Furthermore, the leadership team must “walk the walk” by being well-versed in the company’s core principles and promoting them frequently. Hearing things repeated again and over throughout the organization helps to develop consistency, much like a mantra.

Incorporate a sense of fun

Many educational theorists believe that when people learn something associated with strong positive emotions, they will remember it. However, how often have you heard that onboarding is tedious or uninteresting? You raise the level of learning and create the stage for individuals wanting to be a part of the organization by making the process engaging, social, and fun. Find out what interests and motivates new employees, and then add those entertaining parts into the onboarding process.

It’s crucial how you welcome new employees into your company. You’ve invested a considerable amount of time and money in finding these people. Now is the time to devote the same amount of effort to bringing them on board and preparing them for success.

Bring the culture in

Making remote hires a part of your culture will be more challenging – but just as crucial – as we have stated. You’ll want to teach them your values, mission, and workplace connection even if your physical culture doesn’t surround them.

One option is to assign a “cultural ambassador” to new workers who may organize video conferences with them to discuss less formal advantages, such as employee resource groups, volunteer time, and social activities, and how to make use of them.

A culture of onboarding that brings new workers from various functions together to develop professional connections and discuss new employee experiences. Set up video conferencing and an app channel for new hires from different departments to communicate.

Content should be updated

There is no need for us to tell you that Zoom fatigue exists. You don’t want to do it during the onboarding process with new hires. It’s critical to change your training strategy for virtual onboarding. Sessions should be more detailed, and the content type should be varied. More one-on-one discussions, PDFs, screen sharing, phone calls, and on-demand videos should be included.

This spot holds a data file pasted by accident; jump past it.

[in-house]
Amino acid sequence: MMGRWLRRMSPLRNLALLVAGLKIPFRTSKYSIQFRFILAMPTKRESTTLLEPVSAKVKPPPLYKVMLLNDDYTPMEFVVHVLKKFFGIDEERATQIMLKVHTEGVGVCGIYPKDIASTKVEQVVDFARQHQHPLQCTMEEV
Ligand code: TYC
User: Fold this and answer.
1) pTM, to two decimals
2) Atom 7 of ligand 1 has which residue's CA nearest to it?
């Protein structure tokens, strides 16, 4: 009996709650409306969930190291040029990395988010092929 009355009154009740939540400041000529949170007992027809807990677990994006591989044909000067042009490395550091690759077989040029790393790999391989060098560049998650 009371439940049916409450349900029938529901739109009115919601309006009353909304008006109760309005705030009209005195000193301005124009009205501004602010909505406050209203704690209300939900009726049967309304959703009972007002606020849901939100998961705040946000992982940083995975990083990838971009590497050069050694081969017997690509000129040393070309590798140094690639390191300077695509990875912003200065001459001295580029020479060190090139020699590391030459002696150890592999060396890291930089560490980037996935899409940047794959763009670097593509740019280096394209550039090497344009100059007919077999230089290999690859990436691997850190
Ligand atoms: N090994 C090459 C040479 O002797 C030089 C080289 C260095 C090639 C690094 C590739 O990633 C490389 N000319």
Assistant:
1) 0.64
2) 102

Also, give yourself a little additional time for onboarding. Rather than dumping all of the material at once, spread it out over time. You may even provide new workers the option of working through some onboarding materials at their own pace and reporting back to you.

Begin early

By reaching out before the start date, many HR leaders and particular teams have welcomed new hires using appropriate virtual onboarding methods. They’d send recorded video messages, hold virtual group conversations, and have staff members email welcome notes.

One employer we know, for example, encourages employees who will be new hires’ team members to make a short video introducing themselves. (One person moved throughout the department videotaping everyone once they were all on site.) Another business arranges for the CEO to record a greeting.

Before the first day, HR at LinkedIn sends everyone an advice sheet that answers commonly asked (but rarely asked) questions like what to wear, bring, and expect on the first day. They also provide a link to the culture code, and its social platform and email contact for prospective hires to ask inquiries.

You might also offer personal messages and valuable tools to new remote hires shortly before they begin. Send setup instructions with the equipment you give, and a link to technical specifics such as the best bandwidth, security information, login information, and IT contacts.

Try to digitize the typical documents that need to be signed and schedule a video chat to go over them so you can see them. Read more: Open source learning management system

Obtain feedback

Like most HR-related aspects, virtual onboarding will need to evolve in tandem with the workplace. Over time, you’ll want to improve and align it with the company and personnel needs. As a result, you’ll require feedback. Find out what new hires think after being on the job for a while.

For example, the HR staff can send virtual onboarding “graduates” to a brief online survey to rate and remark on various aspects of the program. Leaders can also conduct a focus group to discuss what virtual hires liked, didn’t like, and still require.


Virtual onboarding is more than a one-day checklist; it can take weeks or months to complete. The good news is that you can develop a productive and happy remote workforce as long as you explain clear performance objectives, supply the appropriate technology, and encourage new hires to engage with their coworkers.